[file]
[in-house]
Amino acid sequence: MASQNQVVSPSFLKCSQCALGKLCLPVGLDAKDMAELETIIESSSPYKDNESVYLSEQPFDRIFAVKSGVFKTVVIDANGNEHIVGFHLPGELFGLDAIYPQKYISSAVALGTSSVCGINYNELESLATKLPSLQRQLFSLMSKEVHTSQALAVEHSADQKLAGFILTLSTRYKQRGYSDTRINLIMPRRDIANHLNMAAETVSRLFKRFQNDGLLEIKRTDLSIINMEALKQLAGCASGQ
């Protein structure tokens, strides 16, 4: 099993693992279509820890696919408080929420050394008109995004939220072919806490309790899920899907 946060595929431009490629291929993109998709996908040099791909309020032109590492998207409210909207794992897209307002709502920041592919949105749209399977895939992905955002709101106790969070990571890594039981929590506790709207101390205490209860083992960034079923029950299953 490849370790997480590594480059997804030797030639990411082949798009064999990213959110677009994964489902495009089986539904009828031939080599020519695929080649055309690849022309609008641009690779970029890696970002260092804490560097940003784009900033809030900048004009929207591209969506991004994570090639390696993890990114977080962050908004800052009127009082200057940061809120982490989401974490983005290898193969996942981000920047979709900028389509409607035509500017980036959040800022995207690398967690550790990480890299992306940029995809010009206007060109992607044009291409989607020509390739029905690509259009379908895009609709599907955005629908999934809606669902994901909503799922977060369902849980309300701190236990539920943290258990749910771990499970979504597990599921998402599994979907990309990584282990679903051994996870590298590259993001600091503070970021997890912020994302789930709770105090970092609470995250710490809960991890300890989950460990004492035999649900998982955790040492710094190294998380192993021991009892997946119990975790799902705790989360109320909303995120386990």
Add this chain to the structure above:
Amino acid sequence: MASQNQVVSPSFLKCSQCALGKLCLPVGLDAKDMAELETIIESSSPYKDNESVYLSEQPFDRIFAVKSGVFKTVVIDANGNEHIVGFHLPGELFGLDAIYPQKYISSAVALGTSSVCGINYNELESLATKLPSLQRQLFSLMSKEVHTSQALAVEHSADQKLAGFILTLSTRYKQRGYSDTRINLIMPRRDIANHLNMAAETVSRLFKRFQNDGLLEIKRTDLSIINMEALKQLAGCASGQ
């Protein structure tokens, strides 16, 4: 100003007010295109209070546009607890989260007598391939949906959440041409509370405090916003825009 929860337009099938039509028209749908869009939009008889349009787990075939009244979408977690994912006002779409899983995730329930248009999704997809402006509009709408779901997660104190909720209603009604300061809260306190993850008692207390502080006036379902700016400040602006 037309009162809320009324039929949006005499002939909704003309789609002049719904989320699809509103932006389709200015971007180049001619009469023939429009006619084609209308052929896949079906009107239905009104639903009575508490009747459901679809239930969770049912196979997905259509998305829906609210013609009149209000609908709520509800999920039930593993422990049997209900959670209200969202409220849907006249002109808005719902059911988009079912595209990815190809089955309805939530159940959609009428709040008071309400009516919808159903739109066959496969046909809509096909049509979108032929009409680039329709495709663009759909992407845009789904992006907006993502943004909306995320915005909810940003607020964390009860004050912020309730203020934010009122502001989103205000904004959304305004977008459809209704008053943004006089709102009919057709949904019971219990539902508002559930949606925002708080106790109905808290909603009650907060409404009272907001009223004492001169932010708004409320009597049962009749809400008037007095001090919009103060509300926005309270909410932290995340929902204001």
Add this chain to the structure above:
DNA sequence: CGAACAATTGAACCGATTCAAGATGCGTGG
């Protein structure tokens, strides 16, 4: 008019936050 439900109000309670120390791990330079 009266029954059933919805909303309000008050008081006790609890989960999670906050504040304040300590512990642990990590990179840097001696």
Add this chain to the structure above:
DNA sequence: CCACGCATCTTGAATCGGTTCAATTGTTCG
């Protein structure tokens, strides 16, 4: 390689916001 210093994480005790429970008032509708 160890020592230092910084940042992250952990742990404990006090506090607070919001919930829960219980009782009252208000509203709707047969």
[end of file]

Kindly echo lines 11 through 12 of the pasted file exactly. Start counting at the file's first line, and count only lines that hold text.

DNA sequence: CCACGCATCTTGAATCGGTTCAATTGTTCG
């Protein structure tokens, strides 16, 4: 390689916001 210093994480005790429970008032509708 160890020592230092910084940042992250952990742990404990006090506090607070919001919930829960219980009782009252208000509203709707047969």